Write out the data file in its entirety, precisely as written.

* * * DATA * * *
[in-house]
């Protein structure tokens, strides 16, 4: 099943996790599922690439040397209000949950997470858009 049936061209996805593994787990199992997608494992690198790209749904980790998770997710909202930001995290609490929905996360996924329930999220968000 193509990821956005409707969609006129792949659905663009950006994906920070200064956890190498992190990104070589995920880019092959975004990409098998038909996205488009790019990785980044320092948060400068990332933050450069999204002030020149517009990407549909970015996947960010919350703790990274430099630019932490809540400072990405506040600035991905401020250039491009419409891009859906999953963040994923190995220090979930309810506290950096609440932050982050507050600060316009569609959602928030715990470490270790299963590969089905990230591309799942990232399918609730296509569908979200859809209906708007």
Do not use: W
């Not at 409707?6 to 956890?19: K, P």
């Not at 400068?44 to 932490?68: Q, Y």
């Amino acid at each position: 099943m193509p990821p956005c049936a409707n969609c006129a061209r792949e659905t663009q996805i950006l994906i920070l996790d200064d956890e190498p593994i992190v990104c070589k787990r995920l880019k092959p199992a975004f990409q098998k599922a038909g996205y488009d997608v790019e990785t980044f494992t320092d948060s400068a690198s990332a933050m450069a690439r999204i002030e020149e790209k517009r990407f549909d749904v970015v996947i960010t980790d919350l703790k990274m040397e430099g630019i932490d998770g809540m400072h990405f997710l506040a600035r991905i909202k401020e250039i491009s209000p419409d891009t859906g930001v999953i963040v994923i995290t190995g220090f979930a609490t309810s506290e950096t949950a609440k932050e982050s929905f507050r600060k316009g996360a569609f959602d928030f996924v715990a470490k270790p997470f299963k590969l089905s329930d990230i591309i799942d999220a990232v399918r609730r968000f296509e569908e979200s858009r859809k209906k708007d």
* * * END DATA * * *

[in-house]
């Protein structure tokens, strides 16, 4: 099943996790599922690439040397209000949950997470858009 049936061209996805593994787990199992997608494992690198790209749904980790998770997710909202930001995290609490929905996360996924329930999220968000 193509990821956005409707969609006129792949659905663009950006994906920070200064956890190498992190990104070589995920880019092959975004990409098998038909996205488009790019990785980044320092948060400068990332933050450069999204002030020149517009990407549909970015996947960010919350703790990274430099630019932490809540400072990405506040600035991905401020250039491009419409891009859906999953963040994923190995220090979930309810506290950096609440932050982050507050600060316009569609959602928030715990470490270790299963590969089905990230591309799942990232399918609730296509569908979200859809209906708007």
Do not use: W
């Not at 409707?6 to 956890?19: K, P």
């Not at 400068?44 to 932490?68: Q, Y």
């Amino acid at each position: 099943m193509p990821p956005c049936a409707n969609c006129a061209r792949e659905t663009q996805i950006l994906i920070l996790d200064d956890e190498p593994i992190v990104c070589k787990r995920l880019k092959p199992a975004f990409q098998k599922a038909g996205y488009d997608v790019e990785t980044f494992t320092d948060s400068a690198s990332a933050m450069a690439r999204i002030e020149e790209k517009r990407f549909d749904v970015v996947i960010t980790d919350l703790k990274m040397e430099g630019i932490d998770g809540m400072h990405f997710l506040a600035r991905i909202k401020e250039i491009s209000p419409d891009t859906g930001v999953i963040v994923i995290t190995g220090f979930a609490t309810s506290e950096t949950a609440k932050e982050s929905f507050r600060k316009g996360a569609f959602d928030f996924v715990a470490k270790p997470f299963k590969l089905s329930d990230i591309i799942d999220a990232v399918r609730r968000f296509e569908e979200s858009r859809k209906k708007d």